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A remarkable novel about the pornography of everyday life. Filthy, funny and ferocious, it imagines a world where shopping reigns supreme, sex has ceased to have anything to do with love, and pregnancy has become the final fetish.
Colin steps forward as if flames all over his body are beginning to catch, fire up and lick at his chin. His skin's melting and he's loving it, loving the heat and the feeling of finally burning down. Fuck. He feeds both his hands under the cover where it's incredibly humid. Like a rain forest, his fingers walking the terrain, the ruffles in the bedsheet, the cleanness, Jesus, the heat. A few inches in and he hits torso, wrapped in cotton. A thigh. A hip. He touches it, the thin, second-skin
cheeks. He returns his eyes to the ground, which he gouges with a stick. 'No problem,' says Rebecca, rolling the ball towards the young man's feet but not wishing to look at it, in case it starts talking again. She doesn't wish to be warned or persuaded by a football. It wouldn't be right. The boy runs the sole of his shoe over the ball and begins dribbling in the direction of his friends, hoofing it towards them after a few metres and running on. His eyes, thinks Johnny, recalling how the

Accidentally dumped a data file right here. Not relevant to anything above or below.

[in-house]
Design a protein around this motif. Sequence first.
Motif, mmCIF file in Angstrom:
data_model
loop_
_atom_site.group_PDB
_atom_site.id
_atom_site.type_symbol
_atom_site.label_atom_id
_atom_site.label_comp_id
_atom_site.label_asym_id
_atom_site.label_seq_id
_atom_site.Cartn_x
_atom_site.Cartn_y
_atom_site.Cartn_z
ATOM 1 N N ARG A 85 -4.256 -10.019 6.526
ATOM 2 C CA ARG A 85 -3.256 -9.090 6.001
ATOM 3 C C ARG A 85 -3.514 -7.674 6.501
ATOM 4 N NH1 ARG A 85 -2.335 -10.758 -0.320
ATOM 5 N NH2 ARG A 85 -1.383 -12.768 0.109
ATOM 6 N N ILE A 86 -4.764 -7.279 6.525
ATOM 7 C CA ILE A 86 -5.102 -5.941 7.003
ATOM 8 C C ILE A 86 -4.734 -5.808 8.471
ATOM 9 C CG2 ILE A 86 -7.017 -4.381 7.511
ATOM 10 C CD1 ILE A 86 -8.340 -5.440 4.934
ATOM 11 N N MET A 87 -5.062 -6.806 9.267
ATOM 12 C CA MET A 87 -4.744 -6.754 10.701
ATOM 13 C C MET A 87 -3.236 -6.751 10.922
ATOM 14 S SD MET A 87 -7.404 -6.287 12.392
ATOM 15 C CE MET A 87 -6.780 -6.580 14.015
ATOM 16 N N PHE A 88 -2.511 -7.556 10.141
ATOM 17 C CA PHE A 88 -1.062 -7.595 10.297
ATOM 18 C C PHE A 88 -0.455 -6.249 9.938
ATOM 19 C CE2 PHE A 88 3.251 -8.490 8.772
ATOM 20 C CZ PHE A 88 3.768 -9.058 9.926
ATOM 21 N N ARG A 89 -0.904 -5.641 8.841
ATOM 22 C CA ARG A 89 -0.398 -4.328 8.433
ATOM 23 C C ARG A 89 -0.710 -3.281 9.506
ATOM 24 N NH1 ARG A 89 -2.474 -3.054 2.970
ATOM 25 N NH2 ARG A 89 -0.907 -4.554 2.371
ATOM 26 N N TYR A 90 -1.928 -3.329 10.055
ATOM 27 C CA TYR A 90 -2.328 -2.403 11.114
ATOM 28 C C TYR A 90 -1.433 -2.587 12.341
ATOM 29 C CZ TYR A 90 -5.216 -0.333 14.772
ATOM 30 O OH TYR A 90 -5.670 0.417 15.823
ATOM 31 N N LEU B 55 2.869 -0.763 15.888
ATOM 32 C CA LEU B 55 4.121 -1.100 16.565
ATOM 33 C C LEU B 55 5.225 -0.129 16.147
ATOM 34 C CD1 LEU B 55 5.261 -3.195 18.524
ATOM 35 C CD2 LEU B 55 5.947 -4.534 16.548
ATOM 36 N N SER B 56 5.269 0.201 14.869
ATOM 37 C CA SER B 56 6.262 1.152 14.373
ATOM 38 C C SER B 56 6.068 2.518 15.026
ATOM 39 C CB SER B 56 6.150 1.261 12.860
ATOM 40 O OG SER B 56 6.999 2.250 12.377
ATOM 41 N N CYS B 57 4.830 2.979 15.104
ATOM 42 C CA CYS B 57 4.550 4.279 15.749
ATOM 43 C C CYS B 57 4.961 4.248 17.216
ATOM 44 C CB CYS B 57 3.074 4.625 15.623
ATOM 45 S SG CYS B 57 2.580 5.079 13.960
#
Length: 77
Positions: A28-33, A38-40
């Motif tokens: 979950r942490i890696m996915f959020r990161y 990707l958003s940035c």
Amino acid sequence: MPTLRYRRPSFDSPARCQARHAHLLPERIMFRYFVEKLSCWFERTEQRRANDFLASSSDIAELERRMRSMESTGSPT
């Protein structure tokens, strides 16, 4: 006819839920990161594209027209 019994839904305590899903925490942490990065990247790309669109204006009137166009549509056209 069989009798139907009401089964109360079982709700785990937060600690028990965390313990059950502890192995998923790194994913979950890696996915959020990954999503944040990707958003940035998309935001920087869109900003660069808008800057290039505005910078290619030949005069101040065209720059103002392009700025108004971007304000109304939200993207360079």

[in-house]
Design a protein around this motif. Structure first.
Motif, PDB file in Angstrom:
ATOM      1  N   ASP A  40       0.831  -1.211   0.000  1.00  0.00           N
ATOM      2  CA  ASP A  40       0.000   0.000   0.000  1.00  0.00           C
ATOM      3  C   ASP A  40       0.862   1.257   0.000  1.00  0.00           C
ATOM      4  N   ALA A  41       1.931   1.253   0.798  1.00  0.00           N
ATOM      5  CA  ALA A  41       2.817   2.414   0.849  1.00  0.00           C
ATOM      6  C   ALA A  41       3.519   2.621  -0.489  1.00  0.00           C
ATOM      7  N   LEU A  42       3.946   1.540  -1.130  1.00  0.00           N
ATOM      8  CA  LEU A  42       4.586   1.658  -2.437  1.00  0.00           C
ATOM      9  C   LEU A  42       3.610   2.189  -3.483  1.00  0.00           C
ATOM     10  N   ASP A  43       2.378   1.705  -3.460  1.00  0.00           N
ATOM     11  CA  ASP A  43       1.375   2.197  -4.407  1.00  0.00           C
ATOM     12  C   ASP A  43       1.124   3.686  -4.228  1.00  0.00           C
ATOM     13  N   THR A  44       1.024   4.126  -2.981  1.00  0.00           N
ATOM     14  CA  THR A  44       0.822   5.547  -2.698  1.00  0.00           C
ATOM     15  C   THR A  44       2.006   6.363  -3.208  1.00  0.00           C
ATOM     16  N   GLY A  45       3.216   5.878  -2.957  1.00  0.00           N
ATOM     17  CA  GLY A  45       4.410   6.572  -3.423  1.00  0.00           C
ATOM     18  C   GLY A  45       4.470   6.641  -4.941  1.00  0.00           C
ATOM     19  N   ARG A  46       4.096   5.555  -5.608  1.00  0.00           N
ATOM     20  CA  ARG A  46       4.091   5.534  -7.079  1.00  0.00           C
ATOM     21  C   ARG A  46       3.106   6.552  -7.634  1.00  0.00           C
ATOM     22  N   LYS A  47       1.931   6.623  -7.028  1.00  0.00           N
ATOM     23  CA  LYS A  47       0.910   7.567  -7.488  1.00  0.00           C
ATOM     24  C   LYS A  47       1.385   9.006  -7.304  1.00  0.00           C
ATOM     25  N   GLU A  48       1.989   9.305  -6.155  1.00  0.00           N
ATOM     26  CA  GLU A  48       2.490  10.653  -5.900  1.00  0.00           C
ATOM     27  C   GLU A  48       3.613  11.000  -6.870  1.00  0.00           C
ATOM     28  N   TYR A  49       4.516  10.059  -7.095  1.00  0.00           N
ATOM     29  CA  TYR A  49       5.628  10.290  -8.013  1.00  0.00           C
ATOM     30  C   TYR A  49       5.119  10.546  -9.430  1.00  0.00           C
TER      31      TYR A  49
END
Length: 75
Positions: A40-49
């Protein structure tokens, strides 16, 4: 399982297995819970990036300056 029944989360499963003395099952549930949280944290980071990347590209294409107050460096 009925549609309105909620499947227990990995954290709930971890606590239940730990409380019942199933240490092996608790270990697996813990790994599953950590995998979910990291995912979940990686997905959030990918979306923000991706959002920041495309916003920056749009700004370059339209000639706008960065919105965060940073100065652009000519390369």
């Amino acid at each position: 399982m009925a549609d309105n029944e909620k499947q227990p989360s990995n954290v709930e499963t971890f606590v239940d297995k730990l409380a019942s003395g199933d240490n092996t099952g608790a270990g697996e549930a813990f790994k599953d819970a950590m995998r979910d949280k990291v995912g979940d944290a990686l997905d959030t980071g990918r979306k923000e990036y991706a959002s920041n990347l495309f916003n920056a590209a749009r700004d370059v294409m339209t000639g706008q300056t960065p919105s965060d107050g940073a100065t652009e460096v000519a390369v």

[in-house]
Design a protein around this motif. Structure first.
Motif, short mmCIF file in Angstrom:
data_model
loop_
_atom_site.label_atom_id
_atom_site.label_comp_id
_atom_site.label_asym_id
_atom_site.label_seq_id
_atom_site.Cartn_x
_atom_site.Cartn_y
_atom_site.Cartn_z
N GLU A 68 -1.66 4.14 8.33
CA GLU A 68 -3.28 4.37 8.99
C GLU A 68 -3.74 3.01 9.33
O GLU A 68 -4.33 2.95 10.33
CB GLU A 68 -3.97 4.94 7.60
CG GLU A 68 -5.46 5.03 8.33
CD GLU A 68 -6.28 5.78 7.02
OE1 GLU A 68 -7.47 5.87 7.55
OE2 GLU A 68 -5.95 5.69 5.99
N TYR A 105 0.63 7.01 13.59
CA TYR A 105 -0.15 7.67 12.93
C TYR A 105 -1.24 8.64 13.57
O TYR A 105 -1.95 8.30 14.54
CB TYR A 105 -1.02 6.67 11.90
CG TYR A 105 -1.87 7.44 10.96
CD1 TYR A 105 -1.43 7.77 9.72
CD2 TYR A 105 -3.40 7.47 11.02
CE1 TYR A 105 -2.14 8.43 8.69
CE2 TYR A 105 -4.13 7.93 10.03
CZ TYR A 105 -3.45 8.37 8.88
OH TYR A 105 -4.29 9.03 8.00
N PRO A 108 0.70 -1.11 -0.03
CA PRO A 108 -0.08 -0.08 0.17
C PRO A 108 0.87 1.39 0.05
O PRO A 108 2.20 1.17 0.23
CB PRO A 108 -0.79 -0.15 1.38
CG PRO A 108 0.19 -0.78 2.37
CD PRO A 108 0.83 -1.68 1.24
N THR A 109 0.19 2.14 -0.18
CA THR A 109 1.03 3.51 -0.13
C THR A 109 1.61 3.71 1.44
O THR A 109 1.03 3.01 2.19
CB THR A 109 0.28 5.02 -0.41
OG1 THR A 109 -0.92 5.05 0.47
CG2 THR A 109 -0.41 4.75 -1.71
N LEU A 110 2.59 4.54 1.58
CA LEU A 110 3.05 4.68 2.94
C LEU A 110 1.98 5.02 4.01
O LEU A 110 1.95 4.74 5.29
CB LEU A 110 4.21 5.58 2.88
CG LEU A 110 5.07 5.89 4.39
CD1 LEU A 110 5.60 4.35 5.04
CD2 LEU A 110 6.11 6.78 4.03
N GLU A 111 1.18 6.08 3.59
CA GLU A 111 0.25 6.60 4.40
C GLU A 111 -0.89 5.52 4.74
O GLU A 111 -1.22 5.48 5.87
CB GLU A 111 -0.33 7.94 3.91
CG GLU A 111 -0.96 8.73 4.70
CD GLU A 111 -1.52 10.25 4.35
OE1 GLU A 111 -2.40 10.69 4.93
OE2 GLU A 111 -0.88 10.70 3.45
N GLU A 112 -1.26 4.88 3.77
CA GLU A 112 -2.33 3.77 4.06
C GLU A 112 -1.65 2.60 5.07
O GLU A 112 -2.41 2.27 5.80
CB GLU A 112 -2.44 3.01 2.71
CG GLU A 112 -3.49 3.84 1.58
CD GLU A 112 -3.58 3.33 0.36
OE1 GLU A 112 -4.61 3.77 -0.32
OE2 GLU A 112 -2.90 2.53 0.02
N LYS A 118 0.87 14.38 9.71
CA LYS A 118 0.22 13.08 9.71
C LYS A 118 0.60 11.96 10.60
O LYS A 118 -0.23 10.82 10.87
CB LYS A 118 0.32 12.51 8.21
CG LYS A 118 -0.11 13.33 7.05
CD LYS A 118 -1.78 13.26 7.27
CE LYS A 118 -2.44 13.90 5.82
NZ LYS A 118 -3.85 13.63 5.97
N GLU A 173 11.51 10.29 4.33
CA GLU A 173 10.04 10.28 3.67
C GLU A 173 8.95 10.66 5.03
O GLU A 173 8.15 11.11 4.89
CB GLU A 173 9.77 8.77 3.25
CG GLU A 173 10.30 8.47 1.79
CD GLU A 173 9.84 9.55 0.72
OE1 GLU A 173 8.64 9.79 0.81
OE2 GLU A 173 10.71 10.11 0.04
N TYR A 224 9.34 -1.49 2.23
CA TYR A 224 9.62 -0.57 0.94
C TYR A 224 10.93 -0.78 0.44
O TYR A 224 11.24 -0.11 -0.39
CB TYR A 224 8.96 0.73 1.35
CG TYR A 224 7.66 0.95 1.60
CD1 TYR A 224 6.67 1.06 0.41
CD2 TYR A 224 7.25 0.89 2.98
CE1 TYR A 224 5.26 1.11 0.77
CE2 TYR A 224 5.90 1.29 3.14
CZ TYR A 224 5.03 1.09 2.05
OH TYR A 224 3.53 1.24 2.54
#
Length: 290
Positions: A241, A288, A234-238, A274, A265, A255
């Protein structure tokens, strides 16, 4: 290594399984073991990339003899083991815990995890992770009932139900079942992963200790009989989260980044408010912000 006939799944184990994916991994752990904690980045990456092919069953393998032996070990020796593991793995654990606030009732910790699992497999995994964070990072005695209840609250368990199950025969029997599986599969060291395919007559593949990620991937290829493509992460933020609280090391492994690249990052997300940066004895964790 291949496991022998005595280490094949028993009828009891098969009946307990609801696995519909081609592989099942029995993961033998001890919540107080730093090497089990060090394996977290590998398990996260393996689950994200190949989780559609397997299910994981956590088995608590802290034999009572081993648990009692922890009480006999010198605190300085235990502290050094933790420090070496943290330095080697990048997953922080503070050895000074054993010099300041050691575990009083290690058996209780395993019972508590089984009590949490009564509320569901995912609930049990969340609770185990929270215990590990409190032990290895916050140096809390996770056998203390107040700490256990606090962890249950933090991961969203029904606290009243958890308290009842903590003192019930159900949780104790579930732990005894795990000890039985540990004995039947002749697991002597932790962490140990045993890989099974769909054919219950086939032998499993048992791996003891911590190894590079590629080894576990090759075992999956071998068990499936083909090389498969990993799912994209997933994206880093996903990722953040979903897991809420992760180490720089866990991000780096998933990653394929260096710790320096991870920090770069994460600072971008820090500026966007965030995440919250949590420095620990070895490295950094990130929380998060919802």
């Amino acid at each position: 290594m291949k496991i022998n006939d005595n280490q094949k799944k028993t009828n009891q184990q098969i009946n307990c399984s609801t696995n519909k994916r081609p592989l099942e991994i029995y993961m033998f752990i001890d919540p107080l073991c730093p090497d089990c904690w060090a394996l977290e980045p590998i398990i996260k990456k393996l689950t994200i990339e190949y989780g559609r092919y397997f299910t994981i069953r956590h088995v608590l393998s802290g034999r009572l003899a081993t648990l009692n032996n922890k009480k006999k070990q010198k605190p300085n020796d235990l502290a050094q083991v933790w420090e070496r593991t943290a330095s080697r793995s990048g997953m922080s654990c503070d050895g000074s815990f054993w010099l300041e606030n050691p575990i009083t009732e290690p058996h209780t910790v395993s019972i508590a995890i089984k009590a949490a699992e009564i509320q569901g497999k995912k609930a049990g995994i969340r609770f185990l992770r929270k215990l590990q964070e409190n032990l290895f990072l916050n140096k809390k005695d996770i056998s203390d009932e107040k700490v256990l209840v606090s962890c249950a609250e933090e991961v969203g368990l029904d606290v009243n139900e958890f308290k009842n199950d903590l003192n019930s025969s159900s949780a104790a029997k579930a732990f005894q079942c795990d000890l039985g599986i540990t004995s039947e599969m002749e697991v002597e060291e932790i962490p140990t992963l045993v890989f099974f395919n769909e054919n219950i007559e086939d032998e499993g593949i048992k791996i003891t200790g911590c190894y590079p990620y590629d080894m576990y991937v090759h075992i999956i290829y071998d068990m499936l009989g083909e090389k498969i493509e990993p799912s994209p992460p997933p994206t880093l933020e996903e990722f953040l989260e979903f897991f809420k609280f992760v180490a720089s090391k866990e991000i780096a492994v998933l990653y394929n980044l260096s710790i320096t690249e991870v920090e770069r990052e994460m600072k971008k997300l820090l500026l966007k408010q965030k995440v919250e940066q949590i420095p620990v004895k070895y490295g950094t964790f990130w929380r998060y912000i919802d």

like bird seed. Tired of pretending to be dead, Rebecca returns to the same spluttering sort of life she'd been leading an hour or so ago. She fires up her traction engine lungs in an attempt to prevent Justin from nodding off. 'Justin . . . Come on.' Justin shakes his head vigorously from side to side then stretches his eyes open. He expels a large lungful of air and with it the same cooing sound we heard a few moments ago. 'I'm sorry, Rebecca. It's me, isn't it?' 'Yes,' says Rebecca, her
in childbirth. It was this last piece of information that dropped a pinch of what I know to be sadness into my brain. Of course, I didn't miss her or even have an enormous desire to have known her, but it felt a little awkward that she'd died giving birth to me. I admit to feeling guilty and a little embarrassed that, in death, she had spawned such uselessness. My file contained written accounts of my behaviour on the various trial excursions I'd been taken on as a child. I didn't recognise the
imagine me laughing out loud, that's how I imagine you. If I could see a panoramic landscape, then the sun would be setting on it. Certainly, if I could love, then my lover would be dead, rigid in my arms. If I could fight, then the battle would now be won, or lost in the extreme. And, if I believed in human endeavour, then I promise someone would be doing something exceptional and hopeful by now. But instead. Acknowledgments Thanks to my family and my friends. Especially, Tony Weymouth,